On September 10th 2015 180 HR professionals attended an event dedicated to making their engagement efforts more organisationally-focused – so they added real business impact. Follow all the commentary on the hashtag #EEUK2015.
#1 Giving people space is not always the best choice
Keynote Alison Lowe, CEO of Leeds mental health charity Touchstone, told a personal story of when her charity had to make people redundant. Having experienced redundancy as a single mother before, she gave people space to grieve and explore their feelings. She thought she was doing the right thing…
Yet she told the audience she should have communicated more and made room for dialogue, as people did not view the ‘giving of space’ well and thought they were being ignored by the organisation.
#2 CEOs doing engagement don’t use the word engagement
We hosted a CEO panel in which we discussed how people-focused CEOs increase engagement throughout their organisations. Interestingly all three said they don’t use the word ‘engagement’ – instead they focus on culture, alignment, communication and reinforcement.
This is useful for HRDs looking to get senior leader buy-in – maybe engagement should be the result, not the name of the initiative.
#3 Understanding your metrics helps provide a focus for engagement
We heard from Dr Steven Chase, Director of People for Thames Valley Police. Rather than profit or revenue which you’d see as a key focus in a commercial environment, Steven said the core focus at Thames Valley is on public service motivation (PSM). Significant effort goes into understanding the research around PSM, and how engagement initiatives link to increases in PSM.
#4 Values should be used to help employees guide behaviour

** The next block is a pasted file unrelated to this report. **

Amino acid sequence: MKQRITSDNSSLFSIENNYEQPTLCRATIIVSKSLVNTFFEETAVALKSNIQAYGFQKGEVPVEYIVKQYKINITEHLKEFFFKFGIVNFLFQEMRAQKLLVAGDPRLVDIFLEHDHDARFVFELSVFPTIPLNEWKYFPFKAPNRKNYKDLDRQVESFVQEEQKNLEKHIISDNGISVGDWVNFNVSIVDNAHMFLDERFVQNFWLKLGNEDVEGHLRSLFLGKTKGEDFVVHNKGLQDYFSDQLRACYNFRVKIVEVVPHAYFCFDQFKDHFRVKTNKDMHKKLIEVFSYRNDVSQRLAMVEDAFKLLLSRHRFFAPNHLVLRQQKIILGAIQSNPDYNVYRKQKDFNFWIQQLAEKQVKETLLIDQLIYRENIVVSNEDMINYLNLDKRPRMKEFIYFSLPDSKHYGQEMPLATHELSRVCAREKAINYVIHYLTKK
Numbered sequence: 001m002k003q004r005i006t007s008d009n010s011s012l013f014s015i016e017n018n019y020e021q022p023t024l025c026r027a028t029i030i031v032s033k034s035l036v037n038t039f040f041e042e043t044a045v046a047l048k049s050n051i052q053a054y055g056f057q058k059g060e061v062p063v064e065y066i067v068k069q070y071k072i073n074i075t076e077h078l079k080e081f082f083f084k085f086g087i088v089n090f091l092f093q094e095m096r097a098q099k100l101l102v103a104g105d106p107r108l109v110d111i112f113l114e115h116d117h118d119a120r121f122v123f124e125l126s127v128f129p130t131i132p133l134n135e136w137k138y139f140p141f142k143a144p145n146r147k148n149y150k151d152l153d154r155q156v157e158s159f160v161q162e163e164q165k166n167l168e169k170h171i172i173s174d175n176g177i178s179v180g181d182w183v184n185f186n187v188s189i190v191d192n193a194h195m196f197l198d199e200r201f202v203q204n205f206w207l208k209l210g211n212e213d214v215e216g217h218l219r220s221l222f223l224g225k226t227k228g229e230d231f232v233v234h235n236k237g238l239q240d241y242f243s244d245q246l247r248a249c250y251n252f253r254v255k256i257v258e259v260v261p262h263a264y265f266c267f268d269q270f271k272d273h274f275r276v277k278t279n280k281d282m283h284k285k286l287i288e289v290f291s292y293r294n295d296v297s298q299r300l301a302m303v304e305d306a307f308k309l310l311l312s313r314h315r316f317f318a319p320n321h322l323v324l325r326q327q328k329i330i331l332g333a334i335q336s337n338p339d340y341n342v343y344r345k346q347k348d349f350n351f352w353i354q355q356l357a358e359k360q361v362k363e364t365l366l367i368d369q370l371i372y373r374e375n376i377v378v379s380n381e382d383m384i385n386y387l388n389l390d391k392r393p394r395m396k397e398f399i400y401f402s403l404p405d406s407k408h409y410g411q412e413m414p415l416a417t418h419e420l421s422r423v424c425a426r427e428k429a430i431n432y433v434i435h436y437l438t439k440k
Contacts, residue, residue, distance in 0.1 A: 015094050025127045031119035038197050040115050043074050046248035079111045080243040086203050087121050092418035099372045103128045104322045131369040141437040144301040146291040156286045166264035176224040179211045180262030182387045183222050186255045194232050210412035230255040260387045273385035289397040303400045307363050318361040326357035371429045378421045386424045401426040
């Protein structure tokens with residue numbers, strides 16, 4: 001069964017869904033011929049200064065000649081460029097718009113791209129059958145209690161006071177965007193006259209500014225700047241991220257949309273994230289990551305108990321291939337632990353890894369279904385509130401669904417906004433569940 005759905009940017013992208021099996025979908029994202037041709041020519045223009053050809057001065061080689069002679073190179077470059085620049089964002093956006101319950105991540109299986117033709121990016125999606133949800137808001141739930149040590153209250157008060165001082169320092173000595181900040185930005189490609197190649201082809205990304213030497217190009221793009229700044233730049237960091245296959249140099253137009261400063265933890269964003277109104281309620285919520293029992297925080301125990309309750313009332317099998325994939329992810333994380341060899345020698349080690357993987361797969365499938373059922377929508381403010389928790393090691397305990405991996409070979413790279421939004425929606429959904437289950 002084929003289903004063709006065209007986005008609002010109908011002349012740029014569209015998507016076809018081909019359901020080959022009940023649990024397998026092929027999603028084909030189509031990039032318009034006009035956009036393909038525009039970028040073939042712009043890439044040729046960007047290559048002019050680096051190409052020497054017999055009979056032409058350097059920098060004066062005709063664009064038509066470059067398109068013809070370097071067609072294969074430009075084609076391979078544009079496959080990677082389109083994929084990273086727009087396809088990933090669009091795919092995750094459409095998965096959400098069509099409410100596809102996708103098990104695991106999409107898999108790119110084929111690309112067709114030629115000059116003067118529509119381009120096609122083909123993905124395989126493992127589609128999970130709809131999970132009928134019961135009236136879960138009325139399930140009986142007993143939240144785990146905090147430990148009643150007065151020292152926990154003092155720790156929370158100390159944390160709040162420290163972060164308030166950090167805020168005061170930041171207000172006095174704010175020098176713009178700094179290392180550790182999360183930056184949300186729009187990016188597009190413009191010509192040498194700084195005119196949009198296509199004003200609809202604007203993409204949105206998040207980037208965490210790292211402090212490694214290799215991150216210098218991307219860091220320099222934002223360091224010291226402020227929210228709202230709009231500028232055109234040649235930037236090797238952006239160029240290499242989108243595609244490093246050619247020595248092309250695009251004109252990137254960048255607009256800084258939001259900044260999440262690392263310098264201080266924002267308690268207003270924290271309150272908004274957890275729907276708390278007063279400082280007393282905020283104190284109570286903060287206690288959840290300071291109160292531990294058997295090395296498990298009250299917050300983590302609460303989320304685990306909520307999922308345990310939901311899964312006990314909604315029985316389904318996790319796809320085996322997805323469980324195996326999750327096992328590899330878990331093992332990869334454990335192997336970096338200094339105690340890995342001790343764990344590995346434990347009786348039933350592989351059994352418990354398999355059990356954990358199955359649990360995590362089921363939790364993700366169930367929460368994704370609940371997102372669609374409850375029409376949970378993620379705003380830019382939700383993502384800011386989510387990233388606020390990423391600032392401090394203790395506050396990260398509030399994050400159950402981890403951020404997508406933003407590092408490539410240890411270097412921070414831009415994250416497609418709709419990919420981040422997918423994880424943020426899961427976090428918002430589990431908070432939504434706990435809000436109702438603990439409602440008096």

Chris Winkelspecht of Maritz Motivation Solutions outlined five principles of successful engagement. One focused around company values, which many organisations now have. However, not all use values as a sounding board for behaviours and this is key to embedding values within the organisation.
Greater autonomy for all employees comes when they are free and encouraged to use values to judge whether a particular course of action is the right one to take.
#5 Job shaping and design can improve productivity and engagement
Michael Moran, CEO of leadership consultancy 10Eighty, talked about job shaping and tailoring and spoke of how organisations should commit to tailoring jobs to employee strengths and also what they enjoy.
He added that if people enjoy doing something they will develop proficiency at doing it and will deliver high levels of productivity to the organisation. They will also be more receptive to feedback and continuous improvement.
#6 Social business is the future, rather than building engagement
Organisational guru Perry Timms took to the stage to convince attendees of the value of working socially – proper social working that is, not just socialising at work. The difference is in attitudes (collaborative, growth mindsets, feedback loops, challenging upwards) and tools (collaboration platforms rather than transactional systems).
Social, buzzing companies also tend to attract great PR and, subsequently, the very best employees. Another great take away from Perry was that organisations should get rid of hierarchies and start building interest communities. He’s a big fan of the Chief Collaboration Officer role.
#7 Collaboration can significantly enhance positive change following surveys
We heard from Elizabeth Sideris, Executive Director for HR at Cancer Research UK, who outlined some interesting advice for post-engagement survey action. Following surveys the HR team works with the leadership team to produce a plan and implementation timeframe for cultural action.
As a result of this change, the charity has seen a 10% improvement in responses to the survey question “Will change result from this survey?”
#8 Change can cause disengagement – people must focus on the opportunities
Adventurer, TV personality and shipwreck diver Monty Halls delivered our closing keynote and told stories about his times leading teams in extreme environments. He said that continuous change can make people fearful and disengaged but that there are amazing opportunities inherent in change.
If people don’t understand these opportunities they will resist change so it’s important for organisations to help employees see and embrace opportunities as they arise, so everyone emerges more strongly.